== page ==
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Tiny Tech Tips: Why You Need Earplugs At Concerts

One of Bob Boilen's requests at the Tiny Desk is that no musician play louder than the singers can project without amplification, which has the effect of equalizing audience and performers, creating an intimate and balanced sound that's never too loud in the room. But when sound engineers need to reinforce venues bigger than an office, it's impossible to balance the sound in every area of the room. If you prefer to be close to the stage, you'll inevitably be a lot closer to the loudspeakers, where volume levels can become uncomfortably loud.

Hearing loss is extremely common, especially as we age. According to the National Institute on Deafness and Other Communication Disorders, prolonged exposure to loud sounds can damage cells in the inner ear and cause noise-induced hearing loss (NIHL). It can cause tinnitus, or a perceived ringing in the ears. Anything above 85 decibels (the sound of heavy city traffic) has the potential to damage your hearing — and most live concerts clock in at 100 decibels or so towards the back of the space, often where the audio console is set up. If you like to be closer to the action, it only gets louder — where you'll also find all of those fans screaming at the top of their lungs directly into your ear. So yeah, it's time.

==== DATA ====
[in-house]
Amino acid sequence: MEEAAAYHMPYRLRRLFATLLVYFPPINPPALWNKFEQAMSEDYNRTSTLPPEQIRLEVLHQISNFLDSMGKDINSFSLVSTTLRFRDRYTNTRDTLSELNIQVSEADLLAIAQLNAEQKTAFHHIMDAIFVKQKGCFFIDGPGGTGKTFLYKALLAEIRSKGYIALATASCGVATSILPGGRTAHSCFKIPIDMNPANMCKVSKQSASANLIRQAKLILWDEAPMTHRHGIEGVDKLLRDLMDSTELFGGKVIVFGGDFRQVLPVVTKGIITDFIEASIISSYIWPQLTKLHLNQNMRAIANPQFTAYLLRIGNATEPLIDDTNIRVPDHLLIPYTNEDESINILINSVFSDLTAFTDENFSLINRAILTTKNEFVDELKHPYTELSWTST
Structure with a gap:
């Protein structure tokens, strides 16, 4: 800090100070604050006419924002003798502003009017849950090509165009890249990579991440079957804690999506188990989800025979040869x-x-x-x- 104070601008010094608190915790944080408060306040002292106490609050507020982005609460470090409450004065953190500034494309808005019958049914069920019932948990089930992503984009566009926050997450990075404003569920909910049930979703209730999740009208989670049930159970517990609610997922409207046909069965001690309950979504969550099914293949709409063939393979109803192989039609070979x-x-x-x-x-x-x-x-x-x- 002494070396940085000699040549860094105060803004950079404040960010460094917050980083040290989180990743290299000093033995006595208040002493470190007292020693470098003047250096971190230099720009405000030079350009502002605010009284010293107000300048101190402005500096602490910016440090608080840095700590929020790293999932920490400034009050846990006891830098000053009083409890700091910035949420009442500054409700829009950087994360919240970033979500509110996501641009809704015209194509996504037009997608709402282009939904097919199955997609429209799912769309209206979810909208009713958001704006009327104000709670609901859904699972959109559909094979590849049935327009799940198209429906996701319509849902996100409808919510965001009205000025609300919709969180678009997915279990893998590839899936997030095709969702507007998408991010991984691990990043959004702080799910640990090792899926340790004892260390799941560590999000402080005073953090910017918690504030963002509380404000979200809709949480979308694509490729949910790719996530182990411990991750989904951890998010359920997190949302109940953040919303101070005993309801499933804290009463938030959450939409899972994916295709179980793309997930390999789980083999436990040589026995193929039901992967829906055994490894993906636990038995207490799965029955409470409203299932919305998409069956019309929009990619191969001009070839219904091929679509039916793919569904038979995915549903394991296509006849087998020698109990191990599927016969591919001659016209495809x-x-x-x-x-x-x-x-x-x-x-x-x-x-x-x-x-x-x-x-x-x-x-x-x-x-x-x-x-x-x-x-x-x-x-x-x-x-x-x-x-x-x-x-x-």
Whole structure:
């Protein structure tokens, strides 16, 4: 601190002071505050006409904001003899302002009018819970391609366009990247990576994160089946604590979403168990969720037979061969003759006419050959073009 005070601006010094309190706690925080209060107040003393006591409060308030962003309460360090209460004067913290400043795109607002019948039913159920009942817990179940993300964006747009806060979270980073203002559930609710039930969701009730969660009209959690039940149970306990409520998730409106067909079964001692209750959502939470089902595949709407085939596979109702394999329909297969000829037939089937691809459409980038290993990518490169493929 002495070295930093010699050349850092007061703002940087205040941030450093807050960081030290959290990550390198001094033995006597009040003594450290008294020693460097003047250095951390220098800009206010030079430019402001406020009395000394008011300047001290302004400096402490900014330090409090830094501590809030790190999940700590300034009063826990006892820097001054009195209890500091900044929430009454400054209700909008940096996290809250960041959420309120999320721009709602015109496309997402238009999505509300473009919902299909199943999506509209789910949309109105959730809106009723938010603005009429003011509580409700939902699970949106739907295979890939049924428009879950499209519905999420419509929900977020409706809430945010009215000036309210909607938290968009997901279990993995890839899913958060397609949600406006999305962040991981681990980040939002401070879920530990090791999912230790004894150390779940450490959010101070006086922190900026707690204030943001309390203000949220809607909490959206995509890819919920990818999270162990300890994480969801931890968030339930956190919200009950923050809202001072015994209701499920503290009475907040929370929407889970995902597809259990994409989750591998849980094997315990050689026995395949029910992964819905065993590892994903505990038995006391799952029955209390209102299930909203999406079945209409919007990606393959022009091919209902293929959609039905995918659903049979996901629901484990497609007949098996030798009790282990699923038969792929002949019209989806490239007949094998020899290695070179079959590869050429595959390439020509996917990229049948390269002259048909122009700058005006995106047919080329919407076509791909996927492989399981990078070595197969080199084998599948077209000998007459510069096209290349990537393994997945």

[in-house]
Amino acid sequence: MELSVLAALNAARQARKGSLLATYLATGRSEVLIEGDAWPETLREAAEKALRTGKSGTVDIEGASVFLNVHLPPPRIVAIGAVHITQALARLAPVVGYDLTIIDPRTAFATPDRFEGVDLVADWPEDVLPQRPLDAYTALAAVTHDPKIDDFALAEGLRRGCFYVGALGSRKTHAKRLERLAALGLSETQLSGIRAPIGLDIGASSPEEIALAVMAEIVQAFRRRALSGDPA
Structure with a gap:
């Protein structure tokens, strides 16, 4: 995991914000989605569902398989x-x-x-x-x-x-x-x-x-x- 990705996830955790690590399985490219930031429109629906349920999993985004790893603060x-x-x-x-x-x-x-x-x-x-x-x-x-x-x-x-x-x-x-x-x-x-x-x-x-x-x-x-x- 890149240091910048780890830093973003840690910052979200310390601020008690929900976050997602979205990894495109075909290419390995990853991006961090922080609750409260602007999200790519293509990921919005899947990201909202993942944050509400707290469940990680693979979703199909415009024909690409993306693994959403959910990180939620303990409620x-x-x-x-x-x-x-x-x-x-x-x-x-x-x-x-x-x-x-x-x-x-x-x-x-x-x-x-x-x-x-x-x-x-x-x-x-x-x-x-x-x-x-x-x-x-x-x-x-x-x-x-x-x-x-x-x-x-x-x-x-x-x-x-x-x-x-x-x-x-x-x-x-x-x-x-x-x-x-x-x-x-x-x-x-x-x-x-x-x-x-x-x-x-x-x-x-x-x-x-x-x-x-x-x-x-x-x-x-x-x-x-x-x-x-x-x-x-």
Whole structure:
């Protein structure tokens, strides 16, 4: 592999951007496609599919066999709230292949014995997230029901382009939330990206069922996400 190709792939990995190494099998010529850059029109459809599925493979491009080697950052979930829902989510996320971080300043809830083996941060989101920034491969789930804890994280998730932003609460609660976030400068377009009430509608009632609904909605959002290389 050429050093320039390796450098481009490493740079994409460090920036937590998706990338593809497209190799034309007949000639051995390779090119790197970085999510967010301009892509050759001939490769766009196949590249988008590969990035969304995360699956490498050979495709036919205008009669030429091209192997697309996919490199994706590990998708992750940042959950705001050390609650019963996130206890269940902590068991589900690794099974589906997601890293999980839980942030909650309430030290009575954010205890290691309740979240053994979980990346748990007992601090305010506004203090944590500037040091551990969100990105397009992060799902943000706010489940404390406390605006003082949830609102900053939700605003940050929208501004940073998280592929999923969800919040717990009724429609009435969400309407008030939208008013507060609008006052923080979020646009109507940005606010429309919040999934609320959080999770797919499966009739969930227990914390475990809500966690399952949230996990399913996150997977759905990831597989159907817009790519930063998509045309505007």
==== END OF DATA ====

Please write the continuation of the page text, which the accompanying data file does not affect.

I've compiled a list of my favorite earplugs which are specifically engineered for music. Unlike the brightly colored, disposable foam earplugs you find in bulk at the drugstore or behind the bar of the venue, these reusable options turn down frequencies more evenly. The result is that, rather than blocking out all sound indiscriminately, they use filters with a nearly flat frequency response, which has the effect of turning down a volume dial rather than muting the audio entirely. They come at a price, but are well worth the cost of hearing the music as intended without sacrificing your long-term health.

LiveMus!c HearSafe Ear Plugs ($30)

LiveMus!c HearSafe earplugs are offered in two sizes: standard, and large for those with bigger ear canals. What sets them apart is that they ship with two pair with varying noise reduction ratings (NRR), 29 and 23 dB. Either would lower the volume of a loud show to well within the safe range of 85 dB or lower. They claim the highest rate of sound reduction of those I reviewed, so if you like being up close or having more protection, they're the best option. They also come with a cylindrical, screw-on keychain for carrying. The standard size ships with a detachable neck cord to connect the two buds, which I hung around my neck during quieter songs, and which comes in handy when pulling them out as well. I loved being able to lend the second set to a pal or having a replacement for a lost earplug, albeit at different reduction levels.

EarPeace ($25)